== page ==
The National Puerto Rican Day Parade And
The Redefining of a National Identity
By Manuel Hernández
A twenty-two year old nephew and a 2002 graduate at the University
of Puerto Rico, on a recent visit to the 2002 National Puerto
Rican Day Parade to New York City, shared with me some interesting
impressions of the Puerto Ricans there and made a few striking
remarks about how his perception of a national identity had
changed once he left the Parade and reflected on what he had
seen and experienced while participating in the largest parade
in the United States.
He was dazed at the sight of so many Puerto Rican flags being
waved along Fifth Avenue and proudly displayed on tee-shirts,
nails, hats, cheeks, heads and in other parts of the human
body. In-spite of majoring in Puerto Rican history, it was
hard for him to understand how and why Puerto Ricans in New
York elected to celebrate and preserve culture without apprehension.
He spoke about how proud and happy they seemed after singing
the one-hundredth version of "Que Bonita Bandera".
I replied by giving Tomas a crash course on New York Puerto
Ricans and how I felt the parade reflected a redefinition
of a national identity.
Most New York Puerto Rican Historians agree that Puerto Ricans
have been migrating to New York as early as 1830. But in an
interview for Carmen Dolores Hernandez' Puerto Rican Voices
in English, a New York poet, Louis Reyes Rivera, stems the
migration in the late 1700's:
Puerto Ricans in New York are traceable to the American
Revolution and even before, given that Puerto Rico was
New England's single largest customer for smuggling
Operations which were intended to avoid paying taxes
Commercial ties and the trading of raw materials paved the
way for the early settlers. Towards the latter part of the
19th century, political circumstances proved to be the most
important migration factor. Puerto Ricans who were against
Spanish rule voluntarily left the Island or were exiled.
After the United States obtained political control of the
Island, more working-class Puerto Ricans came to New York.
By World War II, there were close to 150,000 people of Puerto
Rican origin in New York. Your grandparents migrated to New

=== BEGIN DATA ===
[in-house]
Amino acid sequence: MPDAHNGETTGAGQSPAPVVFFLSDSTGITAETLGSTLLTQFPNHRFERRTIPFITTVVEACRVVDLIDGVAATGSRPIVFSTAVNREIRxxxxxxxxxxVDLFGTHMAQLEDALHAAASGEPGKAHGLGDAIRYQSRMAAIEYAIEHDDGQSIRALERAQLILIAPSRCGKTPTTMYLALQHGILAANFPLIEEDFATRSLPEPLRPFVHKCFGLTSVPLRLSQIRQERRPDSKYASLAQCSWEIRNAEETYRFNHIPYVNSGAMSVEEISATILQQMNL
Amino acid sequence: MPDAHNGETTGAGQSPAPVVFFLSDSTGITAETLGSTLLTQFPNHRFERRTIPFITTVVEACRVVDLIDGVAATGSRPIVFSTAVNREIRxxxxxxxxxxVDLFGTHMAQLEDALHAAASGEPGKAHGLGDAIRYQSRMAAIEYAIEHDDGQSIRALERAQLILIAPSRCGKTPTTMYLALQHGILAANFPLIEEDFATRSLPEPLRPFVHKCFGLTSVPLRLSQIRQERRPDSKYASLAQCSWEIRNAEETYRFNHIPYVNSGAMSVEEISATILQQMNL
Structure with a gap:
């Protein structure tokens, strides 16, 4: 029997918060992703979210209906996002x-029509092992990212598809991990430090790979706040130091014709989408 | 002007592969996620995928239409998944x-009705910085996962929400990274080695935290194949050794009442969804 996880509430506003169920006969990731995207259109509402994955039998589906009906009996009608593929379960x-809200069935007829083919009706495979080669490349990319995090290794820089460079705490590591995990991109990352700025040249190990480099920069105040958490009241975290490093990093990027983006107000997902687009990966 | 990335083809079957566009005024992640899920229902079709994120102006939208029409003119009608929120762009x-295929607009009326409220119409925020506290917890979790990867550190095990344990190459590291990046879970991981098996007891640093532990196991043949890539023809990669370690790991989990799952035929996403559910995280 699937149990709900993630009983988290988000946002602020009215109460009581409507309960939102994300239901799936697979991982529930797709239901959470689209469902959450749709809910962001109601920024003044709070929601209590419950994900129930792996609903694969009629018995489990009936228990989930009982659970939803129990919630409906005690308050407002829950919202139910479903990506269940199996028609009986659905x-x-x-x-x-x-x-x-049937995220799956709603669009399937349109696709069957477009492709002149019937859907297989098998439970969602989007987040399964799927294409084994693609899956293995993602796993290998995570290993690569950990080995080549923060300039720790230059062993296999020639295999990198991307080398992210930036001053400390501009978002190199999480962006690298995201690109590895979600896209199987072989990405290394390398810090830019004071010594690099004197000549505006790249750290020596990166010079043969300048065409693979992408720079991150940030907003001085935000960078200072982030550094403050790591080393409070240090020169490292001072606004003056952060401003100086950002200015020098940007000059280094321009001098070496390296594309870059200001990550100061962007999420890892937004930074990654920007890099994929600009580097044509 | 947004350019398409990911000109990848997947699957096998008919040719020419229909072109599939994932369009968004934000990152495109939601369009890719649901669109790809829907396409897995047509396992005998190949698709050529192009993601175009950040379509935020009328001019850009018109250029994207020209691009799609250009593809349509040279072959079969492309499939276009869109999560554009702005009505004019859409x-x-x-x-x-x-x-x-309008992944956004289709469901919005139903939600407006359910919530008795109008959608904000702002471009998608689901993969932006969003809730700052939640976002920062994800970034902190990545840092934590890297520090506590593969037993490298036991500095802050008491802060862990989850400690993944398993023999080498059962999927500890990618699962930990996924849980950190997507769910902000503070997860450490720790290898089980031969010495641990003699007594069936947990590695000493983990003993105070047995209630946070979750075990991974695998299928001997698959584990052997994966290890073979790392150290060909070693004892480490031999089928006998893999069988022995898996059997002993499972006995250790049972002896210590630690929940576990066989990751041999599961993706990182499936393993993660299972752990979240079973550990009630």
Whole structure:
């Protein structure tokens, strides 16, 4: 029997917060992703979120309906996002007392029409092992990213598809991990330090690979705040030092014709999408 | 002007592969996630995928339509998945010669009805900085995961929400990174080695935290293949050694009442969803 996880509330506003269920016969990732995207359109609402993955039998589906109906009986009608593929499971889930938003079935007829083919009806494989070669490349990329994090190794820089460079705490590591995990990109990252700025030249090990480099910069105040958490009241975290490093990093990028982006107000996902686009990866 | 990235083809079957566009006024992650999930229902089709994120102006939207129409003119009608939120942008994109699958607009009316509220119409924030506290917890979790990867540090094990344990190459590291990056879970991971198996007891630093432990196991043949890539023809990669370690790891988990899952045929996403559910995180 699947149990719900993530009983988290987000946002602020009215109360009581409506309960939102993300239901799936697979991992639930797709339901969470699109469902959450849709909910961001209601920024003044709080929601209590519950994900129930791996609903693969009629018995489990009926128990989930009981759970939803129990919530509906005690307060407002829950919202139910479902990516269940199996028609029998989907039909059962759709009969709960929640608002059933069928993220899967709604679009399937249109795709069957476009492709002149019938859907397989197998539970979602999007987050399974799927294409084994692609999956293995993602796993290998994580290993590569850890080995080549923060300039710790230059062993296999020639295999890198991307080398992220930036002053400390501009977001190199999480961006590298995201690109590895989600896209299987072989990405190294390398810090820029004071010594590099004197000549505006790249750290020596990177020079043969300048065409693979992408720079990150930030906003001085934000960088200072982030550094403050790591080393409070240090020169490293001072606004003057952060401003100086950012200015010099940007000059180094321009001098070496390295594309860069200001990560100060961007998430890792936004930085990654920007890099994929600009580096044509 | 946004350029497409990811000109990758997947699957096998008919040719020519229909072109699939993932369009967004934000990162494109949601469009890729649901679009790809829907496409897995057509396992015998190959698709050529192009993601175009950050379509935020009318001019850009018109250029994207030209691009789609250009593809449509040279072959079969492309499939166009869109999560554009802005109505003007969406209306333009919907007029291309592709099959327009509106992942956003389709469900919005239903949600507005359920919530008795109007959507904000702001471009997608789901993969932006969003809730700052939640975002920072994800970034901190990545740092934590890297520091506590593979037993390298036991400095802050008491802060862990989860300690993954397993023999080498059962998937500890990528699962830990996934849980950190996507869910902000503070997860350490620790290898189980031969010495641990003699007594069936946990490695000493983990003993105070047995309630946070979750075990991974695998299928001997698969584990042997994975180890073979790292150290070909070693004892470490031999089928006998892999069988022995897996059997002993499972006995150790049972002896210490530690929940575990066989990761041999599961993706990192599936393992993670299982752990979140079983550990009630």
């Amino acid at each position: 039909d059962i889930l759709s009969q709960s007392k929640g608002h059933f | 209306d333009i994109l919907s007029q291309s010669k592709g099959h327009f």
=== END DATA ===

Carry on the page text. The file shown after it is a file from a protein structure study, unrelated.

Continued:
York in the late 1950's. They were part of a massive immigration
movement inspired by the new Puerto Rican Commonwealth Government
of 1952 and its political and economic links to the United
States. "Los viejos" joined thousands of Puerto
Ricans in their quest of the American Dream.
The new immigrants founded a Puerto Rico of their own called
"El Barrio". "The New York Island" stretched
across 96th Street North to 127th Street and Fifth Avenue
East in Manhattan. During the summers, "El Barrio"
came alive with the sounds of "La Isla Del Encanto".
Puerto Ricans brought their music, food and traditions to
New York. As American citizens, they felt no need to deny
their culture. Spanish was kept alive at home. It was an inexpensive
ticket back home, and many that came went back to "La
Isla" or became extraordinary elements in the revolving
The first Puerto Rican Day Parade took place on Sunday, April
12, 1958 in "El Barrio". The Parade went National
in 1995 to extend its frontiers and outreach. The Parade was
established to create a national conscience and to appreciate
the Puerto Rican culture and its contributions to the American
society. It also stimulates the study, progress and development
of the Puerto Rican culture and art. The National Puerto Rican
Day Parade is a yearly event with on-going educational, cultural,
social and artistic presentations throughout the year. Close
to two million people attend the Parade making it the largest
outdoor celebration event in the United States.
My nephew had listened for the past twenty-minutes, but he
interrupted me and asked "Ok, that sounds interesting
Tio but how is the Parade reflective of a Puerto Rican national
identity?" I calmed him down and gave him my personal
Puerto Ricans in New York are holding on to their culture.
For us, the National Puerto Rican Day Parade is more than
just a celebration of sorts. It is an expression of national
identity. By reaffirming our Puerto Ricanness as a people,
we define ourselves as a nation. Remember Tomas; it is only
when you leave the Island that you begin to understand that
you are a Puerto Rican. The political mayhem on the Island
does not allow you to flavor or even sense a national identity.
Just the mentioning of the term nation, frightens Island scholars
and academics alike. Flags are only pulled up after Tito Trinidad
wins a fight or whenever a major Puerto Rican celebrity reaches
a milestone or makes history. The red, blue and green politicians
attend the National event to make connections or to have an
excuse to take a week off from work. Some Islanders will say
that there is no need to honor the Puerto Rican flag, but
Americans honor their flag in every corner and block in the
Puerto Ricans in New York have a sense of nostalgia because
those that left as children take with them the Puerto Rico
of their childhood. Those that left as adolescents struggled
to adjust to another identity and in the tug of war dreamed
with the Island every day. The adults that migrated had every
day visions with the green plantain fields and blue green
beaches and dream of going back and buying a "finquita".
They did not have to hide or bury their identity.
The American way of life celebrates the reaffirmation of national
identities precisely because the United States was founded
and populated by immigrants. You my dear nephew have had a
close encounter of the third kind with your national identity.
Thousands of Puerto Ricans will experience the same identity
crisis when they migrate to New York City.